kinetic energy

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RE: Kinetic Energy

Postby Patriot » Thu Mar 26, 2009 11:14 am


What is considered ethical for deer?

I found the answer.

Paul K. "aim small, miss small"

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RE: Kinetic Energy

Postby Bowtechian » Thu Mar 26, 2009 1:26 pm

405 gr. @ 300 fps. = 80.96 ft./lbs. My 82nd Airborne has a few foot pounds to spare according to the chart.
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RE: Kinetic Energy

Postby MT_Bowhunter » Sun Apr 19, 2009 2:18 am

If I were going after Cap Buff and or Alaskan Brown or Alaskan Grizzly bears I would turn my bow up to 70# and have enough KE to spare @ 83.76 ft pounds.
"Bowhunting is like golf, you just can't use one club"

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RE: Kinetic Energy

Postby Bowtechian » Sun Apr 19, 2009 5:06 am

That's pretty impressive that you can get 294 fps. through a chronograph with a 436.3 gr. arrow. Didn't realize Drenalin's were that fast.
Dave M.

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RE: Kinetic Energy

Postby Wanderer » Thu Oct 15, 2009 5:27 am

I turned my Diamond Rock down to 53 pounds due to some back problems I've been experiencing lately. I was concerned about loss of kinetic energy, so last night I shot through the chronograph and found that I have 234 fps with a 418 grain arrow. That still gives me 53.88 ft/lbs of kinetic energy. That's plenty for deer hunting, so I feel better now.

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RE: Kinetic Energy

Postby turtle6776 » Sat Oct 24, 2009 9:07 am

How about instead of going to a page to type it in to do it for you just remember this equation SpeedXSpeed xweight ( grains) /450240= KE   that is the kinetic energy formula for you   its Speed in FPS squared x weight in grains divided by 450240 this gives you all you need to know

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RE: Kinetic Energy

Postby trapperDave » Sun Oct 25, 2009 2:59 am

HORSESPIT!  Aint never been a deer yet killed by KE. Sharp broadheads kill deer. The AVERAGE KE for trad  gear is in the 20's... and they've killed everything from mice to elephants ;)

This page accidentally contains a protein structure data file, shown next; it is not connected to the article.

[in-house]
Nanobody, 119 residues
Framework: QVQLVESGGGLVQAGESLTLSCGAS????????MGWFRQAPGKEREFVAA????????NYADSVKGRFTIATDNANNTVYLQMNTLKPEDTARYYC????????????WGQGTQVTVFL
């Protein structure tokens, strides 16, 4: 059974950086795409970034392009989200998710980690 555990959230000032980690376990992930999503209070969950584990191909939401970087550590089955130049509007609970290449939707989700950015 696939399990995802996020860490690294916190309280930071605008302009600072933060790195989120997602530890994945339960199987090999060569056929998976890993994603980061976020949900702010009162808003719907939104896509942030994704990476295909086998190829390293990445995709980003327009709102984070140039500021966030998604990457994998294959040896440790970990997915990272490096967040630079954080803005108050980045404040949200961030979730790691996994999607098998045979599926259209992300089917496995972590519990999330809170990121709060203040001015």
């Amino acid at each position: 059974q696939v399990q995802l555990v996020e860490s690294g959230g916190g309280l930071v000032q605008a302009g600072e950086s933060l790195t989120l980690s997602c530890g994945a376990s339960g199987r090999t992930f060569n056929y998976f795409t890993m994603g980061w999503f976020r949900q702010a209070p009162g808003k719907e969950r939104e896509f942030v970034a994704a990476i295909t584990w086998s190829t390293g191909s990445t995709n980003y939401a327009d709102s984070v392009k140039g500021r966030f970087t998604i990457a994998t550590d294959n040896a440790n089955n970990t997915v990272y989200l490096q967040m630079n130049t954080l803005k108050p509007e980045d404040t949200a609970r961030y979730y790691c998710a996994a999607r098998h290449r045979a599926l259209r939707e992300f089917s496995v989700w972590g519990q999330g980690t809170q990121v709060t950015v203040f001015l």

that KE/Hunting usage graph is the dumbest crap I ever seen. want some eye opening study material? check it out...  testing using a 40# recurve on a buffalo (not bison, buffalo-the asian variety)
"Democracy is a lamb and two wolves voting on what to have for lunch; Liberty is a well armed lamb contesting the vote." Ben Franklin

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RE: Kinetic Energy

Postby CB on the run » Sun Oct 25, 2009 6:44 am

If we were just talking about traditional cut on contact broadheads then I would wholeheartly agree with you. However, when you throw in non-cut on contact mechanical broadheads that a lot of archers shoot, then KE becomes very important for penetration. IMO we still have to pay attention to KE depending on the individuals equipment.


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kinetic energy

Postby Lot to Learn » Thu Jul 15, 2010 7:10 am

I need some help here.  I keep reading speed does not matte kinetic energy does.  Two things make up kinetic energy, mass and speed.  So I am not understanding the statement.   I was also reading where the kinetic energy drops faster for a lighter arrow. Can anyone point me towards an article or anything where I can read up on this.  For KE to decrease the speed is the only factor that can decrease.  Unless I am just missing something, once the arrow is shot and until it hits a deer only two forces are acting on it, gravity and air resistance.   I am thinking both of those forces would effect a heavier arrow(all other things being equal) more than a lighter arrow. 

I know this is just academic, most of have energy to spare and we are most likely talking about how far the arrow is going to stick in the ground, but this has been bugging me and I would like to learn a lot more about it. thanks.

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RE: kinetic energy

Postby passin through » Thu Jul 15, 2010 7:59 am

This has been something I have been very interested in this year as well.  So far I have learned a little and to understand better, I country fried it[:D].  Basically the statement that speed doesn't matter is wrong, it does! But speed is more often seen as a constant since a given bow will only shoot so fast and you can always change up your arrow weight.  For example:  Take two vehicles--- a Toyota Camry and a Ford f350 diesel, both will do 100 MPH easily.  Say you hit a deer in both doing 100mph.  The damage done by the 1ton truck is a whole lot more severe and for the truck a whole lot more survivable.  Same can be said for heavier arrows.....they hit harder and are more forgiving at constant speed.... 
As for part 2 of your question.... same analogy to be used....It takes a lot longer to stop something heavy than something lite.  Simply because the force required to get it into motion must eventually equal the force to stop it. ie for every action there must be an equal and opposite reaction.  Or the force expounded by your bows limbs must eventually equal the force of gravity to slow it down.  A lighter arrow slows because it doesn't take as much to get it going in the first place.
It matters not the weapon nor its caliber, rather the caliber of the one who wields it.


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